Christopher Boucher’s How To Keep Your Volkswagen Alive
Much was made in literary circles of the fact that a scene in the first episode of the HBO series Girls—which you probably consider the best show on television this year, especially if you didn’t watch the second series of the BBC’s Luther—was set in an office made to look like the home of independent literary press Melville House Books. (The office wasn’t MHP’s, but the books on the shelves all were). Less was made of the words in the wonderful books MHP publishes, the beauty of the sentences and ideas and characters and words therein. So it makes good sense, at a moment when small presses possessed of an eye for design and beautiful prose are producing some of the most exciting work out there, for us to look at what’s in those gems.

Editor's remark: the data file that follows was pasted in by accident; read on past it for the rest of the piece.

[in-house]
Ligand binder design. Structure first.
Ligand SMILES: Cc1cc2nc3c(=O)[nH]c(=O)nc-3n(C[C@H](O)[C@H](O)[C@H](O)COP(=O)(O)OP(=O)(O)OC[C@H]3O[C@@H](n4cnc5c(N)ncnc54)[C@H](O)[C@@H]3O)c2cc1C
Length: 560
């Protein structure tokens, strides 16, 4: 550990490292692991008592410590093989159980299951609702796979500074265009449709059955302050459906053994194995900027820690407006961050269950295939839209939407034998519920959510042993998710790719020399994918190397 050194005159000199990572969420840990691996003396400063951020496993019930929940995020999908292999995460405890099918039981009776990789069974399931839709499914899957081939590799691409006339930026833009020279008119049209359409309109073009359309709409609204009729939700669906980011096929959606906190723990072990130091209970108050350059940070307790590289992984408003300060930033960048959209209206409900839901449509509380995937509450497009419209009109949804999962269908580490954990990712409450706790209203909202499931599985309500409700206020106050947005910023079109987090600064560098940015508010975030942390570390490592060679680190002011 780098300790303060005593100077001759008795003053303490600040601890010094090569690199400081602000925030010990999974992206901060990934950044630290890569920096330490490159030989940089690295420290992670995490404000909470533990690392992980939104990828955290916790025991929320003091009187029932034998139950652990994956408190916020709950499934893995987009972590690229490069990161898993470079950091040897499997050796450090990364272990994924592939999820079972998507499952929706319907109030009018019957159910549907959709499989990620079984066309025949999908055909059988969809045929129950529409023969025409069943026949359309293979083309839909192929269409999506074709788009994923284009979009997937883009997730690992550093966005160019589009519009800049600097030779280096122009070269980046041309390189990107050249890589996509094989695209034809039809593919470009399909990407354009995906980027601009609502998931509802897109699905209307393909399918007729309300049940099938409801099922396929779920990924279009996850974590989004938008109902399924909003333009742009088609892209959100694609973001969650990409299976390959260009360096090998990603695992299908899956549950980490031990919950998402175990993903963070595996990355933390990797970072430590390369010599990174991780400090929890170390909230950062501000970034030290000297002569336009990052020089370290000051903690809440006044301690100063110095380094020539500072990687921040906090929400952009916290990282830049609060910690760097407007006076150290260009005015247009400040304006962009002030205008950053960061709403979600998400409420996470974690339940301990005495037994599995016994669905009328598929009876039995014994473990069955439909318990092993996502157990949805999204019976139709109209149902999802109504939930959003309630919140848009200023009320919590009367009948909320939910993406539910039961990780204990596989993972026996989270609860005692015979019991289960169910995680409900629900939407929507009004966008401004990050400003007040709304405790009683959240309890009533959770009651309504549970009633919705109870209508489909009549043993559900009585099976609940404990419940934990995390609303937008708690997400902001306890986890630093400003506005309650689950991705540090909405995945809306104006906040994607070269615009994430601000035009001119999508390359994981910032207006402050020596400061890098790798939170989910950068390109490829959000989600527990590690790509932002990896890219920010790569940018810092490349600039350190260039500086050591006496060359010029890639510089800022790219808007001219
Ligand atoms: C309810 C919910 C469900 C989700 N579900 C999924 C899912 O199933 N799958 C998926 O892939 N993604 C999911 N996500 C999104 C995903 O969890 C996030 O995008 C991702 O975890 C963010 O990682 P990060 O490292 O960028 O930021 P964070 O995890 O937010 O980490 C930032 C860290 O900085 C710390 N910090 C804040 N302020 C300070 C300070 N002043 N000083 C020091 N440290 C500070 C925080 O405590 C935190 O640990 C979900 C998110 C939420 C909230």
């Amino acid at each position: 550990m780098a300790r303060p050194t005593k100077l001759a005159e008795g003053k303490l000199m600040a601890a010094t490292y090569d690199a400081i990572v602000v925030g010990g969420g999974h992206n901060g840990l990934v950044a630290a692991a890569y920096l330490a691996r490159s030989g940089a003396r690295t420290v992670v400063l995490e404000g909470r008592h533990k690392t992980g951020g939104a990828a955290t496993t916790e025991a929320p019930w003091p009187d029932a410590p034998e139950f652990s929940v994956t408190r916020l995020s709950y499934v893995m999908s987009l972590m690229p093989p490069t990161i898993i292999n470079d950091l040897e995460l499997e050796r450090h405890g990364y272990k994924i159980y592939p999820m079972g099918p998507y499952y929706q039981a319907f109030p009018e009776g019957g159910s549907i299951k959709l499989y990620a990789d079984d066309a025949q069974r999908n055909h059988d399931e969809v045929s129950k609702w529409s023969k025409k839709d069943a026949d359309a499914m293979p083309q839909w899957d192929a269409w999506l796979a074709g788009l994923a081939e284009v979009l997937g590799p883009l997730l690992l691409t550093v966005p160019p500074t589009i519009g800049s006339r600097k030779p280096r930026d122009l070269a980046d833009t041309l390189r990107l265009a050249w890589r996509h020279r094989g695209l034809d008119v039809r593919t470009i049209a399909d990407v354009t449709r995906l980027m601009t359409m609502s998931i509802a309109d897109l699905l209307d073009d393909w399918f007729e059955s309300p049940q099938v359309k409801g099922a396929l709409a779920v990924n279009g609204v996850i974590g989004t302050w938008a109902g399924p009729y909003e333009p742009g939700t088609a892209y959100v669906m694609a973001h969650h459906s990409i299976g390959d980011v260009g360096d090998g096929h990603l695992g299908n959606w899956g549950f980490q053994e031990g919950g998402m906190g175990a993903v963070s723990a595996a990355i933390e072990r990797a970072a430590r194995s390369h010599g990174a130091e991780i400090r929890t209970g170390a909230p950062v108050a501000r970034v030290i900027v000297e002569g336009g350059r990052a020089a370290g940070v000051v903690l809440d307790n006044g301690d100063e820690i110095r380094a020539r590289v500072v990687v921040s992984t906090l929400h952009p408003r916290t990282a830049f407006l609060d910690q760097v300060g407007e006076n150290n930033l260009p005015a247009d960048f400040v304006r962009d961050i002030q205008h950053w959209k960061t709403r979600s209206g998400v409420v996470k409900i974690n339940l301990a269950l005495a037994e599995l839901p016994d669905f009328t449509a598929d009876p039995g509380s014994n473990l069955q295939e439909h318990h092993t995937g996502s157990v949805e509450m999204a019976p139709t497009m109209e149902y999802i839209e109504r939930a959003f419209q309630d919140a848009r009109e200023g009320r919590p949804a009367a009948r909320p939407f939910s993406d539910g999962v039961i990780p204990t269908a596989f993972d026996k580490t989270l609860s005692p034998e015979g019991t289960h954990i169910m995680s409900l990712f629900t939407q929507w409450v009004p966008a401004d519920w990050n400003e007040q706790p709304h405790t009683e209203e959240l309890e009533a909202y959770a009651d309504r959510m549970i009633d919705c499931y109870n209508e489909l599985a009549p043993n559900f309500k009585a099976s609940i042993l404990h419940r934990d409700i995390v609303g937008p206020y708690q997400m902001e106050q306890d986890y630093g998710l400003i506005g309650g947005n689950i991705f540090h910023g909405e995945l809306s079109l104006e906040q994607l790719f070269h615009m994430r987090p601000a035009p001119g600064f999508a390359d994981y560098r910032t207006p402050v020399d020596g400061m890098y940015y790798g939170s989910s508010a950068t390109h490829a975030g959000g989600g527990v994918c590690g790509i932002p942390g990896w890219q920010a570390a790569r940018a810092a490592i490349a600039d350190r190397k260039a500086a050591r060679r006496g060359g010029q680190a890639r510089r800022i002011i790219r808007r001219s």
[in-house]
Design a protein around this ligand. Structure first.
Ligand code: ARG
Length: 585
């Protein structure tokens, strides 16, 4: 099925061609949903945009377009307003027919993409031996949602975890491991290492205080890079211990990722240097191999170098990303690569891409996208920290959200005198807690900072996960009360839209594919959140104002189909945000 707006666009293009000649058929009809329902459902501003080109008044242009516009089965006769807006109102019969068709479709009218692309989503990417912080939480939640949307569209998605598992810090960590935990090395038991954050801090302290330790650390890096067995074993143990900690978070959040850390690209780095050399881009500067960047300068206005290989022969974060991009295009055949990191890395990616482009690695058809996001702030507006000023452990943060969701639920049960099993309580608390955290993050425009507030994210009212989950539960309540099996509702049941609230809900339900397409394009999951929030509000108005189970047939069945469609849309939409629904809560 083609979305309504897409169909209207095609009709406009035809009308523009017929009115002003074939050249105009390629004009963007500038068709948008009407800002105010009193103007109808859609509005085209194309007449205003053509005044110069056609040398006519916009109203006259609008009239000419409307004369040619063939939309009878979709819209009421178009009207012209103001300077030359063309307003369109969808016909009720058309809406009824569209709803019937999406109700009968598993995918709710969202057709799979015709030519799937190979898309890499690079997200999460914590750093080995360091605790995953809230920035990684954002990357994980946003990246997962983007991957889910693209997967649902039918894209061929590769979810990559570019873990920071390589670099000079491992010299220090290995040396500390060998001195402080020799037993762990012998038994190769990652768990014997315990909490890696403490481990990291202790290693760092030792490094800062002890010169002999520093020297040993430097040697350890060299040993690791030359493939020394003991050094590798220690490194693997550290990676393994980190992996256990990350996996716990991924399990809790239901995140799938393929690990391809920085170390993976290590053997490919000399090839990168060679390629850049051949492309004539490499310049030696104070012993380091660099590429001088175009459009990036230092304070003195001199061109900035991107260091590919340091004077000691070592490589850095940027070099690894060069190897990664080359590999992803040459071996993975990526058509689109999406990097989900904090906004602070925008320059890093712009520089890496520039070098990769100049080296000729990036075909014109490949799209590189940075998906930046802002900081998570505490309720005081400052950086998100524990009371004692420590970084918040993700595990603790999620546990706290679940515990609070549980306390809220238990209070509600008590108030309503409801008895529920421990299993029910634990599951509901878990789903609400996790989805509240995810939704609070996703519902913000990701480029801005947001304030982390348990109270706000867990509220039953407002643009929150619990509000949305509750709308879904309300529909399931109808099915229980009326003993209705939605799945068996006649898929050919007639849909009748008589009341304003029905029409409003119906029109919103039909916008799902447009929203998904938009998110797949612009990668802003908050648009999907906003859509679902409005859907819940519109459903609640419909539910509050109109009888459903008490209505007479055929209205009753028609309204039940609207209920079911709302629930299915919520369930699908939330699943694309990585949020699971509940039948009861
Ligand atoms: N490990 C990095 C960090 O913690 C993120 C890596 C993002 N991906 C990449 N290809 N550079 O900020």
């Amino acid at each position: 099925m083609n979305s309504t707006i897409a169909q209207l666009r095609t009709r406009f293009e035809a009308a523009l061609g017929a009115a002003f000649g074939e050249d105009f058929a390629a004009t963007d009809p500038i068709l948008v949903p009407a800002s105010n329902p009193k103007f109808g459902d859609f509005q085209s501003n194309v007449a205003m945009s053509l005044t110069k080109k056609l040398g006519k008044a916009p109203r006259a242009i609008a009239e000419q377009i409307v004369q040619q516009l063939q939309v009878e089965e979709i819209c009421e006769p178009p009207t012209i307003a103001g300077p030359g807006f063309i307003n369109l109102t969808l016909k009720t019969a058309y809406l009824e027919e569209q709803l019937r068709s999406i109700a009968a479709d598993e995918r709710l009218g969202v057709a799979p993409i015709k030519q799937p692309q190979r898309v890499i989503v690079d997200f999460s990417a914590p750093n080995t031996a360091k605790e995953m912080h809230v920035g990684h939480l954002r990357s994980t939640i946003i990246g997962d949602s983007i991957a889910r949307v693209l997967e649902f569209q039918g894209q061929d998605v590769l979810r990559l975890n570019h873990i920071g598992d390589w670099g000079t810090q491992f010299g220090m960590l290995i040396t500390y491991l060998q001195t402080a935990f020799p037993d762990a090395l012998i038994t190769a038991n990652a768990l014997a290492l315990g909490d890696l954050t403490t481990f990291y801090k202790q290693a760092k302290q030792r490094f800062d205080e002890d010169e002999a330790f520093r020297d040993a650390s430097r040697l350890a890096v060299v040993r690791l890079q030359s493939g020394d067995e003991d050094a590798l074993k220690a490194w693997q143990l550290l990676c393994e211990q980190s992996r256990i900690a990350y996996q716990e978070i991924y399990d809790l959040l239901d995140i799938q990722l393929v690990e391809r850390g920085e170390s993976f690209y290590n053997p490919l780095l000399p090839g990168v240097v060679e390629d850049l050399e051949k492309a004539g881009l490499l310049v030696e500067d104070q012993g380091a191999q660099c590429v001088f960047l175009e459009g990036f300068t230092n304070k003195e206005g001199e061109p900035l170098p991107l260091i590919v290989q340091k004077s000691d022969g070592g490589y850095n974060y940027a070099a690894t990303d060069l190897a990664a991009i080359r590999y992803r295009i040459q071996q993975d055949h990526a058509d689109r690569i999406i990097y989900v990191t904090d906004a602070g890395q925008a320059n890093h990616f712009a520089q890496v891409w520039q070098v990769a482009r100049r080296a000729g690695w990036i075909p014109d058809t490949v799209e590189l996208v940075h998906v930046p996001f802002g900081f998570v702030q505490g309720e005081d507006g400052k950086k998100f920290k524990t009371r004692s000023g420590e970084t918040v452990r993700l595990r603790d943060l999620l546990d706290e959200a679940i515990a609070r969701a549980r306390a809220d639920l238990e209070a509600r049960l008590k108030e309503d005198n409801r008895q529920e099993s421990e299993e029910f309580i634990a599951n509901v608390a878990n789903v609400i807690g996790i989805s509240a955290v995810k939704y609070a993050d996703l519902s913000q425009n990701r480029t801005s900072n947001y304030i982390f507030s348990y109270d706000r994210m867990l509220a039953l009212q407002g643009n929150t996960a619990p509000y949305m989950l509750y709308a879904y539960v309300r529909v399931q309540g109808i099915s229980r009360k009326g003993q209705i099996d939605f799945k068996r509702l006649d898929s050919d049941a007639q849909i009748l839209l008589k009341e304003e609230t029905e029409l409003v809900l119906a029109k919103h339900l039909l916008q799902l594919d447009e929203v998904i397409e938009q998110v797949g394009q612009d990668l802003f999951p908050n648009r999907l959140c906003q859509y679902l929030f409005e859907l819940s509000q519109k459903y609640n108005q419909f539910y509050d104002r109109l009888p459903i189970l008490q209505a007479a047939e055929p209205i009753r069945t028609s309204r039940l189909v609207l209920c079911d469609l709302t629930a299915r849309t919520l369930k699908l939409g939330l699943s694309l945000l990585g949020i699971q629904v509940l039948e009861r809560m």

And so in Christopher Boucher’s debut novel How to Keep Your Volkswagen Alive, a novel narrated by a man whose son is a VW Beetle, we find a conceit worthy of Calvino or Kafka, and prose humorous and darkly lyrical enough to bear a kinship to the best prose poetry of Charles Simic or Russell Edson. Our erudite reviewer Adam Novy—himself the author of an excellent experimental novel, The Avian Gospels, also published by an exciting young independent press, Hobart’s Short Flight/Long Drive Books—finds the novel “accomplished, wrenching… dense with specificity and character.” This combination of deep engagement with a book’s aesthetics and a larger sense of what’s exciting in the literary world is just what we look for in KR reviews.
It’s exciting to see energetic, ingenious and suddenly powerhouse independent presses like Melville House sneak onto the screen on HBO. It’s more exciting still to lose oneself in the exceptional electric prose inside the pages of their books.